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Don Hopkins

Don Hopkins is an artist and programmer specializing in human computer interaction and computer graphics and an alumnus of the University of Maryland[1] and a former member of the University of Maryland Human – Computer Interaction Lab.

He inspired Richard Stallman, who described him as a "very imaginative fellow", to use the term copyleft. He coined Deep Crack as the name of the EFF DES cracker, and built "AJAXian" applications for the NeWS window system 17 years before the term was coined.[2] He ported the SimCity computer game to several versions of Unix and developed a multi player version of SimCity for X11, did much of the core programming of The Sims, and developed robot control and personality simulation software for Will Wright's Stupid Fun Club.

He developed and refined pie menus for many platforms and applications including window managers, Emacs, SimCity and The Sims, and published a frequently cited paper about pie menus at CHI'88 with Jack Callahan, Ben Shneiderman and Mark Weiser.[3] He has published many free software and open source implementations of pie menus for X10, X11, NeWS, Tcl/tk, ScriptX, ActiveX, JavaScript, OpenLaszlo, Python and OLPC, and also proprietary implementations for The Sims and the Palm Pilot.

Hopkins also wrote demonstrations and programming examples of the ScriptX multimedia scripting language created by the Apple/IBM research spinoff Kaleida Labs, developed various OpenLaszlo applications and components, and is a hacker artist known for his artistic cellular automata. He is also known for having written a chapter “The X-Windows Disaster” on X Window System in the book The UNIX-HATERS Handbook.

Contents

  • Micropolis 1
  • The Sims 2
  • References 3
  • External links 4

Micropolis

Recently Hopkins, supported by John Gilmore, adapted SimCity for the OLPC XO-1 laptop.[4] The current version includes pie menus and is explained in depth in a video released by Hopkins.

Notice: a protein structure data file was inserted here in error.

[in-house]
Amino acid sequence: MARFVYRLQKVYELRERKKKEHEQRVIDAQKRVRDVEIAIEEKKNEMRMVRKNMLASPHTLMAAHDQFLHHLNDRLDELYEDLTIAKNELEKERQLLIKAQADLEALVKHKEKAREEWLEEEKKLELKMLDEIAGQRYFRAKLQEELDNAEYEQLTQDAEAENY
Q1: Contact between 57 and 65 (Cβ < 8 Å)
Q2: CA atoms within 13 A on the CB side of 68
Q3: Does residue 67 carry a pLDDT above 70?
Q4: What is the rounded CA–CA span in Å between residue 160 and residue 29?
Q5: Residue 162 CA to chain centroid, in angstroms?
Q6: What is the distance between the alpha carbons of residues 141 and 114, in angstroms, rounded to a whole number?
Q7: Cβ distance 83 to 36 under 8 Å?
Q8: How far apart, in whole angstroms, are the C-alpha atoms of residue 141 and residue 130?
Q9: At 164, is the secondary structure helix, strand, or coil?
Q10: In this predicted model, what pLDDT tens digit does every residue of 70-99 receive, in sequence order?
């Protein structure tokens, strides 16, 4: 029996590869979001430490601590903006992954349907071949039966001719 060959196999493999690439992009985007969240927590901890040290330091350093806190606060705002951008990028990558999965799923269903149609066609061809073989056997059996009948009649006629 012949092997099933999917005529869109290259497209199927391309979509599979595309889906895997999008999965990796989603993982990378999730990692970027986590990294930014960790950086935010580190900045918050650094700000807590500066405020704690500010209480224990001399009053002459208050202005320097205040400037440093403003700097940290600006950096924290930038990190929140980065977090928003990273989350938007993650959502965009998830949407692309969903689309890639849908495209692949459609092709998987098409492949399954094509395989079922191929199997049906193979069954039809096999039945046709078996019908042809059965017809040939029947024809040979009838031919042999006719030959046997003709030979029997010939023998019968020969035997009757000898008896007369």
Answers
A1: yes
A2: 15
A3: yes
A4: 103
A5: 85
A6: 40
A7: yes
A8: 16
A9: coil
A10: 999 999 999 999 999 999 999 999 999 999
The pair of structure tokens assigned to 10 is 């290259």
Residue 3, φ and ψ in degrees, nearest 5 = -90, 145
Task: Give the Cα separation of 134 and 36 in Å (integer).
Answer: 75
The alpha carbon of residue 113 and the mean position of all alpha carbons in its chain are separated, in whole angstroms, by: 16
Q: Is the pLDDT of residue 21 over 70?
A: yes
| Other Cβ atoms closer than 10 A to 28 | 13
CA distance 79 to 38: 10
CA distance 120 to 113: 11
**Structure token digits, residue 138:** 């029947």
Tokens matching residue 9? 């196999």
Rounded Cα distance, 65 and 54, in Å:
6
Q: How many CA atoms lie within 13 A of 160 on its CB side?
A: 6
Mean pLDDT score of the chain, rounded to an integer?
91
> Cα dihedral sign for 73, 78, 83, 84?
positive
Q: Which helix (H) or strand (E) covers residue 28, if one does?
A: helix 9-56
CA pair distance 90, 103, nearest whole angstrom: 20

Since its primary objective is education, the OLPC project is looking not just for games, but for tools that enable kids to program their own games.[5] Hopkins programmed Micropolis to make it easy to extend in many interesting ways. He added functionality to let kids create new disasters and agents (like the monster, tornado, helicopter and train), and program them like in many of the other games on the XO. The goals of deeply integrating SimCity with OLPC's Sugar user interface are to focus on education and accessibility for younger kids, as well as motivating and enabling older kids to learn programming.[6]

The Sims

The Sims is a virtual reality video game developed by Electronic Arts. The games are known for their very loose guidelines and no specific user goals. They allow the users to simply exist in the virtual world they create.[7] Don Hopkins became involved in Sims after he worked at Sun Microsystems.[8] The Sims were a theme in his work since then and he has contributed to much of the design and conceptual development of the game. He was hired to convert the Sims for Unix. He implemented the usage of pie menus to the game so that users could efficiently carry out actions in the game world.

References

  1. ^ "Resume of Don Hopkins"
  2. ^ "Resume of Don Hopkins"
  3. ^ "An empirical comparison of pie vs. linear menus"
  4. ^ "History and Future of OLPC SimCity / Micropolis"
  5. ^ http://wiki.laptop.org/go/Game_development
  6. ^ http://www.donhopkins.com/drupal/taxonomy_menu/4/49/63/65
  7. ^ The Sims
  8. ^ "Don Hopkins' Resume". 

External links

  • Official home page
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